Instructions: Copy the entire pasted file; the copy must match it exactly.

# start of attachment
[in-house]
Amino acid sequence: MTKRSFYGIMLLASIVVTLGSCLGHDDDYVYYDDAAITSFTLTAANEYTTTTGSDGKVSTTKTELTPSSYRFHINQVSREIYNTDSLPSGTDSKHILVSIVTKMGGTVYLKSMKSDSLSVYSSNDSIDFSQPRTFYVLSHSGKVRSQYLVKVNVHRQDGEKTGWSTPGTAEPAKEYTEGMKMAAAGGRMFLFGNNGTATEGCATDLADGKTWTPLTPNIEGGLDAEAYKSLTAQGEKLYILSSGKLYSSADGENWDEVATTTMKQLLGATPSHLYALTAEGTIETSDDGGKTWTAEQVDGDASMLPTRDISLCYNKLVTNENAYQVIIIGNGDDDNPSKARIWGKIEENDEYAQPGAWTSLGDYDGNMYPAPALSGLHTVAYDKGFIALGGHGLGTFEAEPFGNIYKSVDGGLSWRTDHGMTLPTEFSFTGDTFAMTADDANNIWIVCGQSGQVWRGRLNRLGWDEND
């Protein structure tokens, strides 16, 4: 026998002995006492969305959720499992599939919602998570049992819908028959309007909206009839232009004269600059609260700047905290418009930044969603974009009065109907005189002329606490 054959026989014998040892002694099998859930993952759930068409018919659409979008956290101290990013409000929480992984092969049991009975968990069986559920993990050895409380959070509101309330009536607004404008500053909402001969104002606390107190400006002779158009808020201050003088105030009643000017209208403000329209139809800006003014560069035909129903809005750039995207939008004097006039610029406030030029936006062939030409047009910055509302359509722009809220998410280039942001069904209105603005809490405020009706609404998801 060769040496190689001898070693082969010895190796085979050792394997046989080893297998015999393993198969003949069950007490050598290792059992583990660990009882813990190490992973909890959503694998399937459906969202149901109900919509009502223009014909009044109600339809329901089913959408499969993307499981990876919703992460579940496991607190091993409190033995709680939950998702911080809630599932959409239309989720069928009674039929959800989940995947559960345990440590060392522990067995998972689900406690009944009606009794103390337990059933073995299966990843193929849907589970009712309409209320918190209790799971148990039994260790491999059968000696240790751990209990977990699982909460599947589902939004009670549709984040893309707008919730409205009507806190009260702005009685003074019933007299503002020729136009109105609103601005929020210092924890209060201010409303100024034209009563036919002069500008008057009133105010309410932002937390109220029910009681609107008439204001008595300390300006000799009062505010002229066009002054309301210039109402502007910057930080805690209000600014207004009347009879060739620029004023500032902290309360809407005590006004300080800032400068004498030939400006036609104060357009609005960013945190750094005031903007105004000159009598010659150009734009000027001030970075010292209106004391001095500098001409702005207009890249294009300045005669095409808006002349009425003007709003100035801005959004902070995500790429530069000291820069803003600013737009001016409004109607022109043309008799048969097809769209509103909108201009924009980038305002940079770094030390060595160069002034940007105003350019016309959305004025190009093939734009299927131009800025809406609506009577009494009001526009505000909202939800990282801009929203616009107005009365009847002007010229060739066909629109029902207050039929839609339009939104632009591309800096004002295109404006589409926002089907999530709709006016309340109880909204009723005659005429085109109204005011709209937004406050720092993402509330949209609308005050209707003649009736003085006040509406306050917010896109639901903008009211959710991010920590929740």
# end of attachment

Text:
[in-house]
Amino acid sequence: MTKRSFYGIMLLASIVVTLGSCLGHDDDYVYYDDAAITSFTLTAANEYTTTTGSDGKVSTTKTELTPSSYRFHINQVSREIYNTDSLPSGTDSKHILVSIVTKMGGTVYLKSMKSDSLSVYSSNDSIDFSQPRTFYVLSHSGKVRSQYLVKVNVHRQDGEKTGWSTPGTAEPAKEYTEGMKMAAAGGRMFLFGNNGTATEGCATDLADGKTWTPLTPNIEGGLDAEAYKSLTAQGEKLYILSSGKLYSSADGENWDEVATTTMKQLLGATPSHLYALTAEGTIETSDDGGKTWTAEQVDGDASMLPTRDISLCYNKLVTNENAYQVIIIGNGDDDNPSKARIWGKIEENDEYAQPGAWTSLGDYDGNMYPAPALSGLHTVAYDKGFIALGGHGLGTFEAEPFGNIYKSVDGGLSWRTDHGMTLPTEFSFTGDTFAMTADDANNIWIVCGQSGQVWRGRLNRLGWDEND
């Protein structure tokens, strides 16, 4: 026998002995006492969305959720499992599939919602998570049992819908028959309007909206009839232009004269600059609260700047905290418009930044969603974009009065109907005189002329606490 054959026989014998040892002694099998859930993952759930068409018919659409979008956290101290990013409000929480992984092969049991009975968990069986559920993990050895409380959070509101309330009536607004404008500053909402001969104002606390107190400006002779158009808020201050003088105030009643000017209208403000329209139809800006003014560069035909129903809005750039995207939008004097006039610029406030030029936006062939030409047009910055509302359509722009809220998410280039942001069904209105603005809490405020009706609404998801 060769040496190689001898070693082969010895190796085979050792394997046989080893297998015999393993198969003949069950007490050598290792059992583990660990009882813990190490992973909890959503694998399937459906969202149901109900919509009502223009014909009044109600339809329901089913959408499969993307499981990876919703992460579940496991607190091993409190033995709680939950998702911080809630599932959409239309989720069928009674039929959800989940995947559960345990440590060392522990067995998972689900406690009944009606009794103390337990059933073995299966990843193929849907589970009712309409209320918190209790799971148990039994260790491999059968000696240790751990209990977990699982909460599947589902939004009670549709984040893309707008919730409205009507806190009260702005009685003074019933007299503002020729136009109105609103601005929020210092924890209060201010409303100024034209009563036919002069500008008057009133105010309410932002937390109220029910009681609107008439204001008595300390300006000799009062505010002229066009002054309301210039109402502007910057930080805690209000600014207004009347009879060739620029004023500032902290309360809407005590006004300080800032400068004498030939400006036609104060357009609005960013945190750094005031903007105004000159009598010659150009734009000027001030970075010292209106004391001095500098001409702005207009890249294009300045005669095409808006002349009425003007709003100035801005959004902070995500790429530069000291820069803003600013737009001016409004109607022109043309008799048969097809769209509103909108201009924009980038305002940079770094030390060595160069002034940007105003350019016309959305004025190009093939734009299927131009800025809406609506009577009494009001526009505000909202939800990282801009929203616009107005009365009847002007010229060739066909629109029902207050039929839609339009939104632009591309800096004002295109404006589409926002089907999530709709006016309340109880909204009723005659005429085109109204005011709209937004406050720092993402509330949209609308005050209707003649009736003085006040509406306050917010896109639901903008009211959710991010920590929740």